He's Giving It Away!
Anthony D. Parks has been receiving a lot of attention lately. Sure, he's a dotcom multimillionaire-but this Internet success story never let greed get in the way of his lifelong mission to give back.
In November 1999, Parks hit the jackpot after taking his Foster City, California-based grocery company, Webvan, public-and is now in the process of giving away 30 percent of his good fortune in the form of stock, primarily to those who had helped him and the needy he met along the way. Having grown up in a single-parent home in a low-income area of east Oakland, California, Parks worked extraordinarily hard from age 11, doing everything from sweeping floors to owning a hair salon at 21 (which left him $55,000 in debt). In 1993, Starbucks hired him to open 20 outlets, and he discovered stock options. Then, in 1996, he became one of the founding members of Webvan. Parks left last year to pursue other ventures, including restaurant consulting. He spoke with us recently about his philosophy of philanthropy in a time of unprecedented wealth:
Who have been your role models in helping others?
Martin Luther King has been my greatest influence. He spoke and wrote about the importance of giving back and the biblical idea of even the greatest becoming servants. My mother's work ethic was my model-my brother and I often didn't see her 'til 11 p.m. She taught us the right values.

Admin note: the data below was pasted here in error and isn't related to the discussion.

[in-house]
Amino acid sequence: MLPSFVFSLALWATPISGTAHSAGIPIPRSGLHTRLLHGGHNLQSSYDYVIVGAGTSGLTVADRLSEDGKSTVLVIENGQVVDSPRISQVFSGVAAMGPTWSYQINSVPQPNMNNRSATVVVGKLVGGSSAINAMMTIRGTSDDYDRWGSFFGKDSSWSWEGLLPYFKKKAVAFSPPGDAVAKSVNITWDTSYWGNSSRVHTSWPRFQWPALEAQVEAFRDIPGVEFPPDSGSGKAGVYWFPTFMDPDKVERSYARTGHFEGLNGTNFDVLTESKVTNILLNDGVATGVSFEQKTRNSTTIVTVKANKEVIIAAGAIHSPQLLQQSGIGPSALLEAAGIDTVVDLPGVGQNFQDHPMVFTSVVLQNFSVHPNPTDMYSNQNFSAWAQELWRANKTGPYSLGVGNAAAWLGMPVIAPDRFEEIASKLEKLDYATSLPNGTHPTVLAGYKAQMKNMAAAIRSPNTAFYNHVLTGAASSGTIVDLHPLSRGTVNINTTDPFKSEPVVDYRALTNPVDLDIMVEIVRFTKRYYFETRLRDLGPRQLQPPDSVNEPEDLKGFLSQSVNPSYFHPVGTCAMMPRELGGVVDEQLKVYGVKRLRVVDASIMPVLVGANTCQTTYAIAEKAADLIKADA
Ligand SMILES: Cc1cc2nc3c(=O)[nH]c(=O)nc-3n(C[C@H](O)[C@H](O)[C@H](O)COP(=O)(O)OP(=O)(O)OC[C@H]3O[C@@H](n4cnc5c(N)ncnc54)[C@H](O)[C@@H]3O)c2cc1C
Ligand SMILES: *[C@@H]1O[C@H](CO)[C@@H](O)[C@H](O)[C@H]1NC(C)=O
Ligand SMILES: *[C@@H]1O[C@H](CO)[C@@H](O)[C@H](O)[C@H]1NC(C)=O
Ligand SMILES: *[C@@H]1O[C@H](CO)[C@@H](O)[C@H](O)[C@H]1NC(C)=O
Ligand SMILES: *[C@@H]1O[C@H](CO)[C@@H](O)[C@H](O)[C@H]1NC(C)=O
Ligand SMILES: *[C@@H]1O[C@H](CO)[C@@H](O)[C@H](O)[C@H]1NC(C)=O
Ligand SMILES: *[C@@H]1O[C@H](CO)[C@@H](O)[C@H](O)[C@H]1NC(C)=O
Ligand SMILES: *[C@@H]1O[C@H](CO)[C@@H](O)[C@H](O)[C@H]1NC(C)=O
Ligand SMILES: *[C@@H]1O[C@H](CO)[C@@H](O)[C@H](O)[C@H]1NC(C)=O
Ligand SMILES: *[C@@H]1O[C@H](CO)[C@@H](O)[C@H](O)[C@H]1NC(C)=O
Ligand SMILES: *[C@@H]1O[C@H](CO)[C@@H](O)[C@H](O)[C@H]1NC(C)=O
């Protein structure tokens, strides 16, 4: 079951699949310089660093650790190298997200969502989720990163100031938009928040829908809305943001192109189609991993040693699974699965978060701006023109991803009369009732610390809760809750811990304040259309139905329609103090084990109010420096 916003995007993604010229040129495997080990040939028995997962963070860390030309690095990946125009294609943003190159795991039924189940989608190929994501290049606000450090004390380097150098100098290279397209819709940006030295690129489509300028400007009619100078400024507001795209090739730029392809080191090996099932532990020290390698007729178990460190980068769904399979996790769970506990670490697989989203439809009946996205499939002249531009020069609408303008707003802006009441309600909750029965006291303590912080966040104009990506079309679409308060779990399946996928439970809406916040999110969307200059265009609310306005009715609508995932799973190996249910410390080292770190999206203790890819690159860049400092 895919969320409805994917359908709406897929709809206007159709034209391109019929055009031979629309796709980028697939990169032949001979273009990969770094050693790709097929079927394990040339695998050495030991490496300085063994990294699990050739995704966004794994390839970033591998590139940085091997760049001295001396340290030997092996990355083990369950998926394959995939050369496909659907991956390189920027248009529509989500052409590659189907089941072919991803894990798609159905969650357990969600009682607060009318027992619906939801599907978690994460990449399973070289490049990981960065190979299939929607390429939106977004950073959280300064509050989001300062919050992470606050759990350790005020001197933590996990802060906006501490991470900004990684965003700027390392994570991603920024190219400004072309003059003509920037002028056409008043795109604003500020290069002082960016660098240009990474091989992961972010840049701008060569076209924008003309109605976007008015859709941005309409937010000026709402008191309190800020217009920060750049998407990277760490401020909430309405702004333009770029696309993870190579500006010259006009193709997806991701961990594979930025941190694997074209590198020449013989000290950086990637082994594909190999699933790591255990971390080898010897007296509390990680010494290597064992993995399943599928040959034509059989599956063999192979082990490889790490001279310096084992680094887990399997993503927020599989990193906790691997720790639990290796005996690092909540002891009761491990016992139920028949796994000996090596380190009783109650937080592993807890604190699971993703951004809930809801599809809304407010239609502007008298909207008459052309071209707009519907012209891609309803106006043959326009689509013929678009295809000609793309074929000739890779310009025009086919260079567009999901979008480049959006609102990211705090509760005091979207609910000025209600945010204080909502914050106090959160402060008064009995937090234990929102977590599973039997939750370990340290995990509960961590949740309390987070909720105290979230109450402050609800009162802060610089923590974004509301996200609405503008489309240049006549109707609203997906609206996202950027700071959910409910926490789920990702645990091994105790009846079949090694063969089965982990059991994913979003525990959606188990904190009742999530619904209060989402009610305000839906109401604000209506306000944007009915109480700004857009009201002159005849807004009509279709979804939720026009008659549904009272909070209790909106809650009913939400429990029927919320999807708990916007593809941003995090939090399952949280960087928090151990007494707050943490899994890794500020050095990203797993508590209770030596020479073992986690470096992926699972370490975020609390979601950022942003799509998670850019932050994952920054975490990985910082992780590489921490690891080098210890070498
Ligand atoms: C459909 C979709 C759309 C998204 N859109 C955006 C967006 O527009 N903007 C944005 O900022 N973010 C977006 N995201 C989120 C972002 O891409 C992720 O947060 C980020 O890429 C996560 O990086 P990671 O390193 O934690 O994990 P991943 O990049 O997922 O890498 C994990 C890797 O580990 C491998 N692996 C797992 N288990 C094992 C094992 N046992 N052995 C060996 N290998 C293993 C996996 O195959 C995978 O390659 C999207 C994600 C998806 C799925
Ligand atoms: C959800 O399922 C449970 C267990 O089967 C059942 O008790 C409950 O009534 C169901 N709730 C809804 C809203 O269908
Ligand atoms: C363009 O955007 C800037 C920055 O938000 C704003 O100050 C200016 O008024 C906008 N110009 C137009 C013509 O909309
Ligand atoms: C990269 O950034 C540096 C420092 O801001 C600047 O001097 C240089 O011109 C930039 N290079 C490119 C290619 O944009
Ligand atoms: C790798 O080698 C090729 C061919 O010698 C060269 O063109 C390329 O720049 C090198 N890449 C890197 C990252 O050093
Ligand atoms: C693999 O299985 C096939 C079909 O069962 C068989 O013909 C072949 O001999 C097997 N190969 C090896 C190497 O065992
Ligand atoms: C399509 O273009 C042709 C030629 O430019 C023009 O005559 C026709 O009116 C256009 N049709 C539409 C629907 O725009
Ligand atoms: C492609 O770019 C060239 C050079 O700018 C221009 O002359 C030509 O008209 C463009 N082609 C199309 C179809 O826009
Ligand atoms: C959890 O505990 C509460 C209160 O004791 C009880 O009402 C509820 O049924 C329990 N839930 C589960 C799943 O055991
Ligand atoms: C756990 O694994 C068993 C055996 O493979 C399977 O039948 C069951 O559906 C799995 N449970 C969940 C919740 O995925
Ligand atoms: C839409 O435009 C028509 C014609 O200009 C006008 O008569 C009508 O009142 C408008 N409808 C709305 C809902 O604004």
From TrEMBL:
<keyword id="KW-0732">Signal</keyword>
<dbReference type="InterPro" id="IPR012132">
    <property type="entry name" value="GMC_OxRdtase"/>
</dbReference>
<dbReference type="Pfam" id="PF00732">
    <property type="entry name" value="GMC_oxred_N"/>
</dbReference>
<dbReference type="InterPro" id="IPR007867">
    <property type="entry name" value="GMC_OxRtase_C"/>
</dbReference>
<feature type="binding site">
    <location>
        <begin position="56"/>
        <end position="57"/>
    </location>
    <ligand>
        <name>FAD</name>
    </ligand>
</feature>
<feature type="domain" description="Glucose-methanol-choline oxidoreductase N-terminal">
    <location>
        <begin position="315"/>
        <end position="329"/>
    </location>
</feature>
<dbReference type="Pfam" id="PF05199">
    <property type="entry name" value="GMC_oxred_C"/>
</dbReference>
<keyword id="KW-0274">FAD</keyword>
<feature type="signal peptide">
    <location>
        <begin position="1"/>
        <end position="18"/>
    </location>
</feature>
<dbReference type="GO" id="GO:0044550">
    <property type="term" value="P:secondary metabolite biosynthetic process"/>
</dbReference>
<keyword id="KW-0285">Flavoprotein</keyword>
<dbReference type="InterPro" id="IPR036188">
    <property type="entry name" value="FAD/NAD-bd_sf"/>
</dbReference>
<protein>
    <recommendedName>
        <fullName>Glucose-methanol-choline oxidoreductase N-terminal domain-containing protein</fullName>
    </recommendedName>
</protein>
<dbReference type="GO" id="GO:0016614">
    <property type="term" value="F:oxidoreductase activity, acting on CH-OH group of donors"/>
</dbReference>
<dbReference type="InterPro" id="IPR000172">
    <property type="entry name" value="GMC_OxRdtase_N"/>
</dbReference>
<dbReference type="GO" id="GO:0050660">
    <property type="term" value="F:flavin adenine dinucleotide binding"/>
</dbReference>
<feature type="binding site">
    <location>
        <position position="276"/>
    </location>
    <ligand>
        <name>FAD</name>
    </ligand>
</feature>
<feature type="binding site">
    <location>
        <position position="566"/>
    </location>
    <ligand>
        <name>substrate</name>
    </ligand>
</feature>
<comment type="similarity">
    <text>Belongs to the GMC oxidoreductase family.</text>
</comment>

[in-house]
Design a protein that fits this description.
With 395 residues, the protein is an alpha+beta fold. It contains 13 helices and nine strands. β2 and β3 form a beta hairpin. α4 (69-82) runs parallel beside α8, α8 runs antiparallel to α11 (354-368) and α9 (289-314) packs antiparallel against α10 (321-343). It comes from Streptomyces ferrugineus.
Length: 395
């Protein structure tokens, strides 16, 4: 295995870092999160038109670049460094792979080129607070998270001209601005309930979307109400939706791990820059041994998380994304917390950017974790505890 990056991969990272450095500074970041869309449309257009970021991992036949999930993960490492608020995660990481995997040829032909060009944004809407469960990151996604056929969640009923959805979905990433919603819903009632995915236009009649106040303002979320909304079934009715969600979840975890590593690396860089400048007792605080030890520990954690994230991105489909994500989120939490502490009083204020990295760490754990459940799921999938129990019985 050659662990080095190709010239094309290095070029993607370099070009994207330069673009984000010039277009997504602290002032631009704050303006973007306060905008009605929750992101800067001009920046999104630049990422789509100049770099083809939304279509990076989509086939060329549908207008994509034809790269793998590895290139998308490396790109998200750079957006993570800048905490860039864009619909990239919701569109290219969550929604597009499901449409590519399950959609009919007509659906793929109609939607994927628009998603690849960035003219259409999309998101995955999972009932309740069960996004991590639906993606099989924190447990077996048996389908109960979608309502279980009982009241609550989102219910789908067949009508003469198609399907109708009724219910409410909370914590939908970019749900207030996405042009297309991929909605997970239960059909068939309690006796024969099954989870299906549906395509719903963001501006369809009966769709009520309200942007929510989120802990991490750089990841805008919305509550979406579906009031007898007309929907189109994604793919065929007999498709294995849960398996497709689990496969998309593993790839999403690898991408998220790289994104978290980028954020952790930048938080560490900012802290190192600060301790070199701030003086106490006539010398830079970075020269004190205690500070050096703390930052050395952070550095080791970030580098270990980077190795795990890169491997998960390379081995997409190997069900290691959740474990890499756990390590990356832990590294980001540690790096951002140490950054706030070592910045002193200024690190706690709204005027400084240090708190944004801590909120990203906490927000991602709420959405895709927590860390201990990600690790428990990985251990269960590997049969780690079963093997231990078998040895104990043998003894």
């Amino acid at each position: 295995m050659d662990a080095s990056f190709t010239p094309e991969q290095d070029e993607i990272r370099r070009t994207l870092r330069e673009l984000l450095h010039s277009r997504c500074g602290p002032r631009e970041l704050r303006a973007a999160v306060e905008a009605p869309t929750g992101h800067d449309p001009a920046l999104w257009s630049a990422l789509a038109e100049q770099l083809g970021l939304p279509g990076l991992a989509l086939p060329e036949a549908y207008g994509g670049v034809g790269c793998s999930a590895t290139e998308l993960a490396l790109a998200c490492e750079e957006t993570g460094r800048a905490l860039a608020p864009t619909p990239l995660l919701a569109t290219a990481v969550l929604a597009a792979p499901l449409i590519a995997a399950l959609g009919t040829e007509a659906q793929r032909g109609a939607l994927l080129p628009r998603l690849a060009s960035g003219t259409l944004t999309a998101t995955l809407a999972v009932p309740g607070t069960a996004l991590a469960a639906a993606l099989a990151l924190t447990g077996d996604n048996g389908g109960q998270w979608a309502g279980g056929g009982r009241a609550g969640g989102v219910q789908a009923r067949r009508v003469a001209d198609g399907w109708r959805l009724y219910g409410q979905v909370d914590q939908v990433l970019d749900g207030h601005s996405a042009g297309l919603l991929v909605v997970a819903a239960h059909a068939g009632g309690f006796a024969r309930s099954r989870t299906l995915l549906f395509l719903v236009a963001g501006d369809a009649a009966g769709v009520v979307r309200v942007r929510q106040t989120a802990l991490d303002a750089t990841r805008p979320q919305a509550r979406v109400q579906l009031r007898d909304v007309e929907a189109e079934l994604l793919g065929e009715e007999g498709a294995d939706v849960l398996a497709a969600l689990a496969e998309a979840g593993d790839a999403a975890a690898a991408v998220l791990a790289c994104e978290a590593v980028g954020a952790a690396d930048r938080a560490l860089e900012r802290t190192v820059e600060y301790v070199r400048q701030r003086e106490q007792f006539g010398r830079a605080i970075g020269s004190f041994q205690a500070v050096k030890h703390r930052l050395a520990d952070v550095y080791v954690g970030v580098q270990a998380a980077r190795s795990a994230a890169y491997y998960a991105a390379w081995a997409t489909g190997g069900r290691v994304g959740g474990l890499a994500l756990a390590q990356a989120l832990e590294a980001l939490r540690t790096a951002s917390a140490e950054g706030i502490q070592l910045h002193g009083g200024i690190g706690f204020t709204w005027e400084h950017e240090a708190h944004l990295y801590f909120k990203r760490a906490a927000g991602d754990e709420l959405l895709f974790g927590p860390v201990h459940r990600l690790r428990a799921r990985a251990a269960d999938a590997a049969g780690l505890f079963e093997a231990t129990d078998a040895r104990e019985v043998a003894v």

What would you say to those who don't feel they've achieved enough success to start being generous?
It isn't the nature or amount of the gift that's important, but the act of generosity. You don't have to give money; you can make time to help others no matter how busy you are. For example, I started a group called R.E.A.L. (Real Examples of Actual Life) Role Models (www.bereal.org) and I bring successful people to talk to kids about setting realistic goals. You should get started experiencing the benefits of philanthropy by finding something that touches you.
What's been the reaction to the attention you've received?
It's been embarrassing sometimes, but I appreciate the need for public role models. After I appeared in The Wall Street Journal, I received hundreds of responses, many from other entrepreneurs and executives in Silicon Valley who said they were inspired by the story. [But] you can't do this for the attention. [It's] much more satisfying to consider the joy you gave without having your ego stroked.
Scott S. Smith writes about business issues for a variety of Web sites, including Office.com.
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